Who were the Space Monkeys?

The Space Age was an era of unprecedented technological development. In addition to developing the rockets and modules needed to put astronauts into space, considerable resources were also dedicated towards testing the effects spaceflight would have on the human body. In order to do this, test subjects needed to be selected that were physiologically similar enough to human beings.

For NASA, the Russians, and many space programs that have followed, the choice was to send simians (aka. monkeys) into space. While space missions would rely other animals to test the effects spaceflight would have on living organisms (such as dogs, guinea pigs, and even insects), monkeys were the most-widely used since they are more closely related to humans.


In the late 1940s, both NASA and the Soviet Space Program were working diligently to try and develop space launch capability. However, a going concern at the time was the risks posed by crewed spaceflight. At the time, the effects of weightlessness on the human body were unknown, and whether or not a human could even survive exposure was the subject of much scientific debate.

American Space Monkeys:

Russian Space Monkeys:

Other Space Agencies:

Although men have gone to space, they were not the first ones there. Scientists have sent a number of different animals up into space including monkeys. Both Russia and America sent monkeys into space. This is because scientists wanted to determine what the biological effects of space travel were before they sent humans up. While Russia only used rhesus monkeys, the US used many different species including rhesus monkeys, squirrel monkeys, cynomolgus monkeys, pig-tailed macaques, and chimpanzees. Even France sent up two monkeys into space during the 1960’s. These animals were both recovered alive.

Many of the monkeys sent up into space died either on impact or in space. The US sent four monkeys into space named Albert, all of which died. The first monkey that actually passed the Karman line and made it into space was Albert II. He was sent up in 1949 and died on impact.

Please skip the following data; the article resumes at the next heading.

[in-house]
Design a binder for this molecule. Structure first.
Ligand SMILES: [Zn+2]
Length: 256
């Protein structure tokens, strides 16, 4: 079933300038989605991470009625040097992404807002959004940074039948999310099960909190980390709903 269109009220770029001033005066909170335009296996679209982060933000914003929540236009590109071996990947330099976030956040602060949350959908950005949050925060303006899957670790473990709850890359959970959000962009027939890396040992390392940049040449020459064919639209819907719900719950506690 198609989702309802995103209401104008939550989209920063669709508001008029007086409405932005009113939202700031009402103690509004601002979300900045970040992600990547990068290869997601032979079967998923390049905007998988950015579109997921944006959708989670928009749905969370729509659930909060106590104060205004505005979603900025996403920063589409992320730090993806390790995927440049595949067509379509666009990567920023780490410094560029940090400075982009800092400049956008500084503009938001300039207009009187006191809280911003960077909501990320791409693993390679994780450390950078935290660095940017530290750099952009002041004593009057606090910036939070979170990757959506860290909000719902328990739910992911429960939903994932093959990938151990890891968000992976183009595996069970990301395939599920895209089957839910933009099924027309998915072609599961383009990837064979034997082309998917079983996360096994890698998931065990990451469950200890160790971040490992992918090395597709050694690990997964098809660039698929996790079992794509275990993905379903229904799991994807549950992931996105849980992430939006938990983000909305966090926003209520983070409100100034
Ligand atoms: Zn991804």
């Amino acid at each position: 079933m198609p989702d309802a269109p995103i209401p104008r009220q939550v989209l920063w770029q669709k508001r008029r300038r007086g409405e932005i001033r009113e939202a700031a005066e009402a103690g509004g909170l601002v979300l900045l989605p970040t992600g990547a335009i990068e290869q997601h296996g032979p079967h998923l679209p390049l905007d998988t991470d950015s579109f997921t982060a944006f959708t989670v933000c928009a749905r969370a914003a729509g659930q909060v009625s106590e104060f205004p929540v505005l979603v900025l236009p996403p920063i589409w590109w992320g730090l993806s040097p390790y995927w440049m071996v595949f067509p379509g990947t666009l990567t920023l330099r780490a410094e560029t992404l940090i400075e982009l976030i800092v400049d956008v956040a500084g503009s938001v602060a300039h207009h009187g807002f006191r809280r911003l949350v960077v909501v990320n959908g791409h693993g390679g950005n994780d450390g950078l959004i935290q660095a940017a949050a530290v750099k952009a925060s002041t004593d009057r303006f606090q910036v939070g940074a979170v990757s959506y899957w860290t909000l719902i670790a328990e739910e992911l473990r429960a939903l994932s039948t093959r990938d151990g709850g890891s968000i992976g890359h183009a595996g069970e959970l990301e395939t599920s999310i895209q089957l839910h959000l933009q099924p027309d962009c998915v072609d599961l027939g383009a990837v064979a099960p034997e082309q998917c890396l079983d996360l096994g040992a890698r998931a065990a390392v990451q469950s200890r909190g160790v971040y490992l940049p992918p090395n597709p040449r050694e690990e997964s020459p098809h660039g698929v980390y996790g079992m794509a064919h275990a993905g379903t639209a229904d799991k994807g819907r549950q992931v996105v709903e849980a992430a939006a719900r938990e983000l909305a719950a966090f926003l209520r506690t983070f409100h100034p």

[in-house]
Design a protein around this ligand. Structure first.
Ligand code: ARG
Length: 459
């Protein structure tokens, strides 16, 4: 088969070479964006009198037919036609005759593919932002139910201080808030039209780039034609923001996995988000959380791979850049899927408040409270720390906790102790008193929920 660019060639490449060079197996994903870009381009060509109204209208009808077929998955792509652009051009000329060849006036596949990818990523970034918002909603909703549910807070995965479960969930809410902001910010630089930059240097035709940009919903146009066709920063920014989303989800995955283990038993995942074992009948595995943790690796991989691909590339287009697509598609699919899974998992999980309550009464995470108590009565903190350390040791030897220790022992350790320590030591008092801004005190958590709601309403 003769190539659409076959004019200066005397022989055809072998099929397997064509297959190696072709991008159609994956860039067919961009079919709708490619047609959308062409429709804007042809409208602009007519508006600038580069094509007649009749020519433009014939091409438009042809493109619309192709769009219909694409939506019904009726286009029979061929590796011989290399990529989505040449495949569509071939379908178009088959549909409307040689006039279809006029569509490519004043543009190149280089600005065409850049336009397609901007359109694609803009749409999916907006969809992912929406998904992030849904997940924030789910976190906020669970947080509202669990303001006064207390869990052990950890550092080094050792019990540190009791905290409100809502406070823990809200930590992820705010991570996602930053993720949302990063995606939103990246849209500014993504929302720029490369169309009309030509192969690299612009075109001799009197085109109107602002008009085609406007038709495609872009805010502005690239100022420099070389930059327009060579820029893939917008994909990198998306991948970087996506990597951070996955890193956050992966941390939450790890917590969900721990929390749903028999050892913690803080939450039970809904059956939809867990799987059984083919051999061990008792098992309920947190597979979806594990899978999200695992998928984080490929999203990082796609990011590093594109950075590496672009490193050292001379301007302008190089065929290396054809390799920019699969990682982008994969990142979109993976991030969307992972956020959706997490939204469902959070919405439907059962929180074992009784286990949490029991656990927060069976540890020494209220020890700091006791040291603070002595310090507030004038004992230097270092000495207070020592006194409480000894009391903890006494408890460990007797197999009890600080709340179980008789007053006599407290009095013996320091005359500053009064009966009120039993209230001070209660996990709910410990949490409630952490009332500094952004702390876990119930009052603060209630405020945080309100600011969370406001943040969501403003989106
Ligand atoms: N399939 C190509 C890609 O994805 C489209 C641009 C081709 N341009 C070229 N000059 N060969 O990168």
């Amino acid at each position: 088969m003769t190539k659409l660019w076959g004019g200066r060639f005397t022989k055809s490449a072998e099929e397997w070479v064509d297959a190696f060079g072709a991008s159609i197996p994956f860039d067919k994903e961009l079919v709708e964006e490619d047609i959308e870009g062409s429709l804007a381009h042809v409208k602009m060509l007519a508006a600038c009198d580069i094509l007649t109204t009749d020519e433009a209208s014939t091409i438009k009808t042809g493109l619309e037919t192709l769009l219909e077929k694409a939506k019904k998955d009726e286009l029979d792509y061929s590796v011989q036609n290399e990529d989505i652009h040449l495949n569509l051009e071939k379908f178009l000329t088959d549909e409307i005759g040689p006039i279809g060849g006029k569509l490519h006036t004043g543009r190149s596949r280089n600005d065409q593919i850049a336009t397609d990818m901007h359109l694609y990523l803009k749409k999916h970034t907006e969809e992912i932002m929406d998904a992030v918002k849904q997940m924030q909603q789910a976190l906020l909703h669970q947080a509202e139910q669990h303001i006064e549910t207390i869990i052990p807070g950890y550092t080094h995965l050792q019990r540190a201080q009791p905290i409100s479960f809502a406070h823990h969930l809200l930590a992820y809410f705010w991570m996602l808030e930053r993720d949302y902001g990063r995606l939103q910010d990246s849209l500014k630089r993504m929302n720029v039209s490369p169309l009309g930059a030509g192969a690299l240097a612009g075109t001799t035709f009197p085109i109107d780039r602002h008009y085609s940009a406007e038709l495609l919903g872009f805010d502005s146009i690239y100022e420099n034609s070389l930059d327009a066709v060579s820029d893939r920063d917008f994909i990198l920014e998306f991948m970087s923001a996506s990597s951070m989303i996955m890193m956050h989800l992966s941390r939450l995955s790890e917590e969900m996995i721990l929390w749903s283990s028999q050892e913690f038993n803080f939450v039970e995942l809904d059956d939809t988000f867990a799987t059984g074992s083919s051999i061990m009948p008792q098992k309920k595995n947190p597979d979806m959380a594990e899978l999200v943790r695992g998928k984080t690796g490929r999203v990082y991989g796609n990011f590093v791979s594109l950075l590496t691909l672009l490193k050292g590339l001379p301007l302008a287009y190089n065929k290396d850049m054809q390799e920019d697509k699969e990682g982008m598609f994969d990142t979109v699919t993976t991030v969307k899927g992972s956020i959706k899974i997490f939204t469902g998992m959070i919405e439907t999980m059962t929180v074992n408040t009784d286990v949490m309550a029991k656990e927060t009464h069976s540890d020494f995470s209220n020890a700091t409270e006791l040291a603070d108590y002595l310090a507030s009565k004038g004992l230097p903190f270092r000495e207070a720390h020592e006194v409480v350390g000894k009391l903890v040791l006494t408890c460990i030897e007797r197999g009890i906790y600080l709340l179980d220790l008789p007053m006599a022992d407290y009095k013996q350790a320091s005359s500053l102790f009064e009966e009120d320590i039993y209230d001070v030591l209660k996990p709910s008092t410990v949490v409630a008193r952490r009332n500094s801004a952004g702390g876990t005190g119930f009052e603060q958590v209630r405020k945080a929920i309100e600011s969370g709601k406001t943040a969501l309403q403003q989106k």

Gordo, who was also known as Old Reliable, was sent into space in 1958. A squirrel monkey, he was chosen because of the similarity of the species to the human body. Gordo was lost on impact and neither him nor the shuttle was recovered; however, scientists were heartened by the mission because they believed it helped prove that humans could survive in space. The first monkeys to survive space were Able and Miss Baker who were sent up in 1959.

The Russians sent dogs up into space in addition to monkeys, which is why they did not send nearly as many monkeys into space as America did. Thus the first monkey that they actually sent into space was not until 1983. The monkeys that the Russians sent into space were named according to the letters of the alphabet. One of these monkeys – Dryoma – who went to space in 1987 – was later given to Fidel Castro. The last monkeys the Russians sent up into space were Lapik and Multik whe went up in 1997. Both of them survived the mission, but Multik had a heart attack a day after the flight during medical tests.

One of the most famous monkeys ever sent into space was Ham the Chimp. He was trained to operate the controls of the spaceship becoming the first animal to not just be a passenger. Ham was recovered safe after his capsule crashed in the Atlantic Ocean. Scientists were able to determine that astronauts would then be able to operate instruments in space and Alan Shepard went into space several months after Ham.

We have written many interesting articles about space monkeys and animals sent into space here at Universe Today. Here’s Russia to send monkey to Mars, Who was the First Monkey to go into Space?, 50th Anniversary of Historic Space Monkey Flight, What Animals have been to Space?, Who was the First Animal to go into Space?, Who was the First Dog to go into Space?

For more information, check out animals in space and monkeys in space fifty years later.

Astronomy Cast has an episode on spacesuits.